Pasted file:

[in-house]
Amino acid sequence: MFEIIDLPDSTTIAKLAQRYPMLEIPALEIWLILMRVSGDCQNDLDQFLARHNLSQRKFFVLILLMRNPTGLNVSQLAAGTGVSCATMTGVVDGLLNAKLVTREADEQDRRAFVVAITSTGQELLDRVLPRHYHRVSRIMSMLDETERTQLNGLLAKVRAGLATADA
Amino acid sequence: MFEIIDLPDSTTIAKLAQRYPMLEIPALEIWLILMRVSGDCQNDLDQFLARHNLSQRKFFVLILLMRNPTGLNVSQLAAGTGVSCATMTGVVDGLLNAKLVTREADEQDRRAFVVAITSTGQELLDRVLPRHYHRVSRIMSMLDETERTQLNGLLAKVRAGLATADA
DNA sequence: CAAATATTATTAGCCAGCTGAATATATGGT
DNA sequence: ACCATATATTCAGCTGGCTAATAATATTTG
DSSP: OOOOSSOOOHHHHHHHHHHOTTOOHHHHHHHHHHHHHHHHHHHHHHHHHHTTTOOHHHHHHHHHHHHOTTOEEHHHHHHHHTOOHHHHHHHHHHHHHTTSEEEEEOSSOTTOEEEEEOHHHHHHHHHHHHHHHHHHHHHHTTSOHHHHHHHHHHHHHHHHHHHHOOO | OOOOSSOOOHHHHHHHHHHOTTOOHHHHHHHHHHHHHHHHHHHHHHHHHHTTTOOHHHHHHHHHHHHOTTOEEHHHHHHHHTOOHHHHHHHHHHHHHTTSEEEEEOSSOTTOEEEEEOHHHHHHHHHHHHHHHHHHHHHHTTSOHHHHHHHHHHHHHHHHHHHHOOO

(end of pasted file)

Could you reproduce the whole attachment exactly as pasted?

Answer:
[in-house]
Amino acid sequence: MFEIIDLPDSTTIAKLAQRYPMLEIPALEIWLILMRVSGDCQNDLDQFLARHNLSQRKFFVLILLMRNPTGLNVSQLAAGTGVSCATMTGVVDGLLNAKLVTREADEQDRRAFVVAITSTGQELLDRVLPRHYHRVSRIMSMLDETERTQLNGLLAKVRAGLATADA
Amino acid sequence: MFEIIDLPDSTTIAKLAQRYPMLEIPALEIWLILMRVSGDCQNDLDQFLARHNLSQRKFFVLILLMRNPTGLNVSQLAAGTGVSCATMTGVVDGLLNAKLVTREADEQDRRAFVVAITSTGQELLDRVLPRHYHRVSRIMSMLDETERTQLNGLLAKVRAGLATADA
DNA sequence: CAAATATTATTAGCCAGCTGAATATATGGT
DNA sequence: ACCATATATTCAGCTGGCTAATAATATTTG
DSSP: OOOOSSOOOHHHHHHHHHHOTTOOHHHHHHHHHHHHHHHHHHHHHHHHHHTTTOOHHHHHHHHHHHHOTTOEEHHHHHHHHTOOHHHHHHHHHHHHHTTSEEEEEOSSOTTOEEEEEOHHHHHHHHHHHHHHHHHHHHHHTTSOHHHHHHHHHHHHHHHHHHHHOOO | OOOOSSOOOHHHHHHHHHHOTTOOHHHHHHHHHHHHHHHHHHHHHHHHHHTTTOOHHHHHHHHHHHHOTTOEEHHHHHHHHTOOHHHHHHHHHHHHHTTSEEEEEOSSOTTOEEEEEOHHHHHHHHHHHHHHHHHHHHHHTTSOHHHHHHHHHHHHHHHHHHHHOOO